HR is a business department that manages employee resources. It can be located in-house, outsourced, or handled by a 3rd party. Either way, they are meant to improve the way people operate within a workplace.
HR’s tasks are wide ranging and span across the business. Interviewing, hiring, and onboarding are the most common functions but not all of them. Handling employee training and concerns, managing payroll, and ensuring legal compliance are all essential human resources tasks. Essentially, HR becomes a link between employer and employee, and also acts as an arbitrator who prevents or resolves workplace issues.
The question now for managers and owners: is the time required to handle all of those staff-related issues worth your time or is it better for the company for you to focus on growing the business and running day-to-day operations?
Organizations with less than 20 employees are often better off when the owner delegates HR responsibilities to someone else, experts say. One school of thought says the general organization of your business is an indicator as to when you need HR. As a business grows and roles and departments become formalized, that’s when HR needs to be brought on. Another school believes headcount is the indicator to listen to – once the business has between 50-100 employees is when a human resources department should be considered.
Perhaps the most important factor is by focusing on revenue and asking “Would my time be better spent growing the business?” If you can use that time to generate additional revenue then the cost of a new salary is worth it.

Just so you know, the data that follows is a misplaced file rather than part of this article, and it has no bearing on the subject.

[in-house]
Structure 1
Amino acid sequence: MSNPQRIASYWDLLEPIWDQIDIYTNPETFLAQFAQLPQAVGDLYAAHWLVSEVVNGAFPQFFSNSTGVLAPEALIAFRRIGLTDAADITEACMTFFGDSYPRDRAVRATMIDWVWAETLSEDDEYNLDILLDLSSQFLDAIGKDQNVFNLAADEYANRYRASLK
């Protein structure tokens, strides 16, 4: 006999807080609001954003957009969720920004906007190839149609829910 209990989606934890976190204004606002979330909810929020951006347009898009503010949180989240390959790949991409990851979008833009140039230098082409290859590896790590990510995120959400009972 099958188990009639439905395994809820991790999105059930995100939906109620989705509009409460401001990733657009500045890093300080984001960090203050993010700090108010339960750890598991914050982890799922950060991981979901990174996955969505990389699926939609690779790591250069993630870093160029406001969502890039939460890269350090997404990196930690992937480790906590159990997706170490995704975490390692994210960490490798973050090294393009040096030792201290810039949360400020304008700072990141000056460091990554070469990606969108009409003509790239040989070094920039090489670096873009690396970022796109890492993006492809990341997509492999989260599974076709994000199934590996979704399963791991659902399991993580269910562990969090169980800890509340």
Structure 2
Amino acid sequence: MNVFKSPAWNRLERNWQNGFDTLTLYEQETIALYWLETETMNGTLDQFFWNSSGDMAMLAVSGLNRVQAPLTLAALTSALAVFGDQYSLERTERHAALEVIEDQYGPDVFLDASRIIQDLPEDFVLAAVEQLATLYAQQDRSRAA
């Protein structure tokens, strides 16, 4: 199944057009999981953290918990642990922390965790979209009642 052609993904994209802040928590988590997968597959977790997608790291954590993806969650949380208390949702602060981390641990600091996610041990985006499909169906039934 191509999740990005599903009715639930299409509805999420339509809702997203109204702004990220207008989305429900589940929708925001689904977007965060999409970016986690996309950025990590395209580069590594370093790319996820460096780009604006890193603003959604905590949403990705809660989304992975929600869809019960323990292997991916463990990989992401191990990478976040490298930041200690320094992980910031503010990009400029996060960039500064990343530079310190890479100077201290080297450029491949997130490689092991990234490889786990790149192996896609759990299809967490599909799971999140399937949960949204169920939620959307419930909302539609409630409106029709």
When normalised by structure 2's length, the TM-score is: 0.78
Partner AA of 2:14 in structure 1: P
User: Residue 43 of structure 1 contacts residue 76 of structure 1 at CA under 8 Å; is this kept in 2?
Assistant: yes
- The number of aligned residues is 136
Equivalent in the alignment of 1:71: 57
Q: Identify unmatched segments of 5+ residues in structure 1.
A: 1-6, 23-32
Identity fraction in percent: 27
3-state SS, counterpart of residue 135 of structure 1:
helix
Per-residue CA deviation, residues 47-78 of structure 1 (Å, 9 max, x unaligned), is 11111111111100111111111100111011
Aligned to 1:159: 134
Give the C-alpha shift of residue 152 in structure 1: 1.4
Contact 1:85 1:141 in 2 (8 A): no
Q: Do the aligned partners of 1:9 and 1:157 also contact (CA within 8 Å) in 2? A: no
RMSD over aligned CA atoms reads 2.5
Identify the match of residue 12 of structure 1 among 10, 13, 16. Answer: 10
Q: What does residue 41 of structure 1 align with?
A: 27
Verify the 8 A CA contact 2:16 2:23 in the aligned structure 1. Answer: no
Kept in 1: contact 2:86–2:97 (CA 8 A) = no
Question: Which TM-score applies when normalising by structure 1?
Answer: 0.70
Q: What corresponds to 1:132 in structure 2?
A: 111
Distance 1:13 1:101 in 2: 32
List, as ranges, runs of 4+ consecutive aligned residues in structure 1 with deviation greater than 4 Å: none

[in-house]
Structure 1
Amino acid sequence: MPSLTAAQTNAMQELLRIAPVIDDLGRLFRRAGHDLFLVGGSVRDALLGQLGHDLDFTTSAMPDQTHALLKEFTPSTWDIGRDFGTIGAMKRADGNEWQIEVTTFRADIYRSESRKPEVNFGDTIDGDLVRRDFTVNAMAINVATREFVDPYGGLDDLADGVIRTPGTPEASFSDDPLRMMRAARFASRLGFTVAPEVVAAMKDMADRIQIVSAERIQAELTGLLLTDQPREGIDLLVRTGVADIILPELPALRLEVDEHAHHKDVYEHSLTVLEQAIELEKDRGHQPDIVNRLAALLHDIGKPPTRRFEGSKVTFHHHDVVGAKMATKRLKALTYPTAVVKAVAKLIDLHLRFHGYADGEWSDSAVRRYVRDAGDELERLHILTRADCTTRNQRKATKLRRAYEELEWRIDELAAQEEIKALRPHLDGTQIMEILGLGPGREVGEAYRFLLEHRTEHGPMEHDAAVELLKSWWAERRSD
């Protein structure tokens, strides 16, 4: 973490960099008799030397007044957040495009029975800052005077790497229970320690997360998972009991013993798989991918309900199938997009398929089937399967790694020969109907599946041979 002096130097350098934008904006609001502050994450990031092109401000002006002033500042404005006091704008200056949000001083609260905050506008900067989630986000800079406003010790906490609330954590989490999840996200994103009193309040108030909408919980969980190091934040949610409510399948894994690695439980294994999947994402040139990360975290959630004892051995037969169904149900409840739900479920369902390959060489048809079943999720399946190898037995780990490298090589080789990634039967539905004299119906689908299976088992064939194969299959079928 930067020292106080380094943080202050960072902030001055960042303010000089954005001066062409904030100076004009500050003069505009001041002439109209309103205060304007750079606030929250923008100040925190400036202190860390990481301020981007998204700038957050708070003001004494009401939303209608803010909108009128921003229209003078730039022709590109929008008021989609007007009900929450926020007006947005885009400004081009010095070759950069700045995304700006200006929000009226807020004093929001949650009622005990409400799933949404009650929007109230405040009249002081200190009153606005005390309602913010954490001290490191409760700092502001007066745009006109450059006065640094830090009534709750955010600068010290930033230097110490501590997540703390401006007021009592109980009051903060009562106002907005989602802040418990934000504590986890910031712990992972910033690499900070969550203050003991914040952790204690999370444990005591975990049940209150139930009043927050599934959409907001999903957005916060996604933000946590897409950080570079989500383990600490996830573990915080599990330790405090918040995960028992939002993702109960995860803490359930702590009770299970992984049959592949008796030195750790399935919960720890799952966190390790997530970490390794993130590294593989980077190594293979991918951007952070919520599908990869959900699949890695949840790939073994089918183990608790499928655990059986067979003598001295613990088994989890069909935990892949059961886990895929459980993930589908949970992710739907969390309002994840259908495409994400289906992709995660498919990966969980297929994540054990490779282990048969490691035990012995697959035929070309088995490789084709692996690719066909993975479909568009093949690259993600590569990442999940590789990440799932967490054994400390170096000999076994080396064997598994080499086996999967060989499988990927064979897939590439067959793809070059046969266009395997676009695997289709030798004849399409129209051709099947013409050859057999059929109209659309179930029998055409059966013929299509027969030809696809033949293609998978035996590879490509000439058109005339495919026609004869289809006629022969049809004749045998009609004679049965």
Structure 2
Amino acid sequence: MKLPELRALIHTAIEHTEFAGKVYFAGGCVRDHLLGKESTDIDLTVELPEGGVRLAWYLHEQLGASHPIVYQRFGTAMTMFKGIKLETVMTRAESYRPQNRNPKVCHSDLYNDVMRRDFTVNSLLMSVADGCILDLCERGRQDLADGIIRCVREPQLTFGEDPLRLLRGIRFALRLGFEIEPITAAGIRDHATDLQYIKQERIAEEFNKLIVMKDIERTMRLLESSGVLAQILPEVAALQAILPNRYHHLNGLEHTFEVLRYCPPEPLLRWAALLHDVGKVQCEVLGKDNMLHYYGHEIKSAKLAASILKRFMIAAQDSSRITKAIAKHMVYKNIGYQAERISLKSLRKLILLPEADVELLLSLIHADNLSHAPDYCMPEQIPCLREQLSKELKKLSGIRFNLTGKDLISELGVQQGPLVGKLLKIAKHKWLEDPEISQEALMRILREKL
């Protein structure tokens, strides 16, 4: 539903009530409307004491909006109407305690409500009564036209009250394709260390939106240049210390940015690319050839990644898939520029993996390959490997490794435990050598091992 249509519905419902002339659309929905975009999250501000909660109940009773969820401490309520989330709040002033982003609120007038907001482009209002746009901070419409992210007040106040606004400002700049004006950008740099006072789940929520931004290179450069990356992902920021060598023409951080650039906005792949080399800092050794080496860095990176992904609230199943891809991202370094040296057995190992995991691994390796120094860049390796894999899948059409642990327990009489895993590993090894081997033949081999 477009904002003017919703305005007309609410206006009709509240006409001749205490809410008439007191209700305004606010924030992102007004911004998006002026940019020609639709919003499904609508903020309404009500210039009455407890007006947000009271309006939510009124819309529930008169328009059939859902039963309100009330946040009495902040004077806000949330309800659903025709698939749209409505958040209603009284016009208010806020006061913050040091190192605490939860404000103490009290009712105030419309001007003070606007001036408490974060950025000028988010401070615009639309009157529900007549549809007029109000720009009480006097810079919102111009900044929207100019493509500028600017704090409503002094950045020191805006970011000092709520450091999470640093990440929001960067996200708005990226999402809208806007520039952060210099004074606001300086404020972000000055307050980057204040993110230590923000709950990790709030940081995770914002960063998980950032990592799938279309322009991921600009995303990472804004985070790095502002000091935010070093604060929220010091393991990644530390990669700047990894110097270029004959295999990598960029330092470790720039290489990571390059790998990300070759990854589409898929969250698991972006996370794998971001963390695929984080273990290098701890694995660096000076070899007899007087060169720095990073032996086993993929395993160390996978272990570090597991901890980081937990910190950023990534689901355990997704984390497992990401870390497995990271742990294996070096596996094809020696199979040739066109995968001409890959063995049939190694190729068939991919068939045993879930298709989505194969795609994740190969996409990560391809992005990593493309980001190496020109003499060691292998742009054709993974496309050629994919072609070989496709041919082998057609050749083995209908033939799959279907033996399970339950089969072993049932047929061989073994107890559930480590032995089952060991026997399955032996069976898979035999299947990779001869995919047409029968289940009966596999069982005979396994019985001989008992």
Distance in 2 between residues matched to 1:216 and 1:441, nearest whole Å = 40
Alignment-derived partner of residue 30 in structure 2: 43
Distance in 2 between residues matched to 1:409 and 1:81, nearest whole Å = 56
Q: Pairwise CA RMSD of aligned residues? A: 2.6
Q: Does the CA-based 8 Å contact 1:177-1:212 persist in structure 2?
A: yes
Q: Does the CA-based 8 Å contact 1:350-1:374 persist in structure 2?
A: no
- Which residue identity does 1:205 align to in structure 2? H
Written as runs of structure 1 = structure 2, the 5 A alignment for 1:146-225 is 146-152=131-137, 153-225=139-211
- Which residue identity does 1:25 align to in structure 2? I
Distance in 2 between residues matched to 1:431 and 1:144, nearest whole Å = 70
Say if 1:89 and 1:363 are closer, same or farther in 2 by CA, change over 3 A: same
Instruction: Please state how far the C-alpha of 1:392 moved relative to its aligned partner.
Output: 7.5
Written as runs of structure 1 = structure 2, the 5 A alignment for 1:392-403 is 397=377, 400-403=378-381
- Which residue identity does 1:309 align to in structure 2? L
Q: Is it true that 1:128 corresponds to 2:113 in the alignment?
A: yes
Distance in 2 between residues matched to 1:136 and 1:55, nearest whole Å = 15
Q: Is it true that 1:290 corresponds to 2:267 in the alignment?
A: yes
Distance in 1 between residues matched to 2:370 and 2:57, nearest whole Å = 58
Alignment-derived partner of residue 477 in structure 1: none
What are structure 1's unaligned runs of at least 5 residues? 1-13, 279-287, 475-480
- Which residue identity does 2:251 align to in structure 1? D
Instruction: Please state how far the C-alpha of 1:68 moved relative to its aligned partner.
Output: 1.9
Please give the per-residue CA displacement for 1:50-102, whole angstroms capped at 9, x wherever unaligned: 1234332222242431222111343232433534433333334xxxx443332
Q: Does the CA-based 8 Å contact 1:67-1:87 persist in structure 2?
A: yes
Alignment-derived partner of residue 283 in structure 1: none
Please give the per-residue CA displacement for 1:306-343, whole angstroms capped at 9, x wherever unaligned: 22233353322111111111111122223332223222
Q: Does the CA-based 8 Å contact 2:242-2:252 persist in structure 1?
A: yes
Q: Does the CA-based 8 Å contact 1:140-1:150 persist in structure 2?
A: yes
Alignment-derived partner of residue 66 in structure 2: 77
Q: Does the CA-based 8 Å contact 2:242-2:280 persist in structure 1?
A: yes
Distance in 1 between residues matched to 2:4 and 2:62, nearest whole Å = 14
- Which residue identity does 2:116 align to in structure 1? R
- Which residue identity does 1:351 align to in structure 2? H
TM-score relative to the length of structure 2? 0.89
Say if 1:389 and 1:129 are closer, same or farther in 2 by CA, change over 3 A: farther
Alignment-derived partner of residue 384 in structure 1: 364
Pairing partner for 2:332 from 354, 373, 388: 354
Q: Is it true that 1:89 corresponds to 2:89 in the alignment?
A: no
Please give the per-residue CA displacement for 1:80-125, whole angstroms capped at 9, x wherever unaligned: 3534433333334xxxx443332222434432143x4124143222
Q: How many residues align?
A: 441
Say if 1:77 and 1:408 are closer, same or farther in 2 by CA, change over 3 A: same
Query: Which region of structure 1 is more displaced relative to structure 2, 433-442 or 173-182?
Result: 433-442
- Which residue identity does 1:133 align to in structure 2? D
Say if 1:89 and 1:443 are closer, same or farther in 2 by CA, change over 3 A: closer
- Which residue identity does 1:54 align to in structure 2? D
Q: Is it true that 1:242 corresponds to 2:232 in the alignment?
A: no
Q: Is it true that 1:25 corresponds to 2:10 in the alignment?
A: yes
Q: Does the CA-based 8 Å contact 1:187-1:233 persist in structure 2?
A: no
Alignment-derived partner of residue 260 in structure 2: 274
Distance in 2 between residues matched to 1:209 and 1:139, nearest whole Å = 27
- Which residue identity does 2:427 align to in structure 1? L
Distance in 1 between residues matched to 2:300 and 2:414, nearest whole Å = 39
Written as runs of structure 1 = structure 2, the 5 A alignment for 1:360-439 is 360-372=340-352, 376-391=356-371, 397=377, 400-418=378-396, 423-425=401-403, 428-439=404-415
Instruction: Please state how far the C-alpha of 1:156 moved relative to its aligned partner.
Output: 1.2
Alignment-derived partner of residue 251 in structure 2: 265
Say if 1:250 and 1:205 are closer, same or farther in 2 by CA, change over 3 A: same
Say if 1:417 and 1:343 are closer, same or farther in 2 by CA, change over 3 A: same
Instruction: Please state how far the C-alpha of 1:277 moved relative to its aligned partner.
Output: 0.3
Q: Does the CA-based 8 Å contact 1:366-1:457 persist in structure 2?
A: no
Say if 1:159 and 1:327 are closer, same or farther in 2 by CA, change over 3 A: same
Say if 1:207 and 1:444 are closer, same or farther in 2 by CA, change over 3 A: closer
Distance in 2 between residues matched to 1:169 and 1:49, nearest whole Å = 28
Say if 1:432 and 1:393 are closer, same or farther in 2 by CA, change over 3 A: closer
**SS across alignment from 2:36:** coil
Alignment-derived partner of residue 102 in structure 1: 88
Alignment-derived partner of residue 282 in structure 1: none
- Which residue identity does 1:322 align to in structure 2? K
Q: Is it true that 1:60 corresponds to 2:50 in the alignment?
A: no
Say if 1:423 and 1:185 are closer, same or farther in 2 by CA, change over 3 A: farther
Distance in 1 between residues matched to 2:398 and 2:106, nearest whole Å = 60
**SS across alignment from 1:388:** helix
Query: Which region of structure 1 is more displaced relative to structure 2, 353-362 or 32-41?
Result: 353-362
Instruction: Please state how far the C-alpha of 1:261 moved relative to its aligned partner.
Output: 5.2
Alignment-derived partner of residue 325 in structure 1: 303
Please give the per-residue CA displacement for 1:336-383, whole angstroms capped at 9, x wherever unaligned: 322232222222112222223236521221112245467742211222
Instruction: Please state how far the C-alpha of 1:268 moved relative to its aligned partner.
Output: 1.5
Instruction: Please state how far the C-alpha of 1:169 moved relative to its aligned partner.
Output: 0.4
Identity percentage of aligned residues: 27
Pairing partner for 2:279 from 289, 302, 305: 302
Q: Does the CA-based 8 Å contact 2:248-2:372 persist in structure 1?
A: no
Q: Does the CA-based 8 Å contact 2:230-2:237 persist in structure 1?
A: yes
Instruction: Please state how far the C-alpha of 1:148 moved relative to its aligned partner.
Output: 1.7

Another important factor to consider is that HR deals with a lot of paperwork that requires precision and dedication. If a business owner is barely coping with the responsibilities of running the business and managing HR, they could find themselves in record-keeping trouble fast. Important paperwork, up-to-date records, archived materials are just a few of the backend things HR deals with and that need to be exact as documentation issues can quickly balloon into legal problems.
It is not only important for business leaders to delegate at the right time, you should also consider whom you’re entrusting with this work and how they will add value to the position, department, and company.
Finally, if you do decide to start an HR department, you need to find someone who is discreet and can be trusted, is organized, and is an empathetic listener who can properly guide employees. Ideally, that person would understand and appreciate small business and have experience in that environment.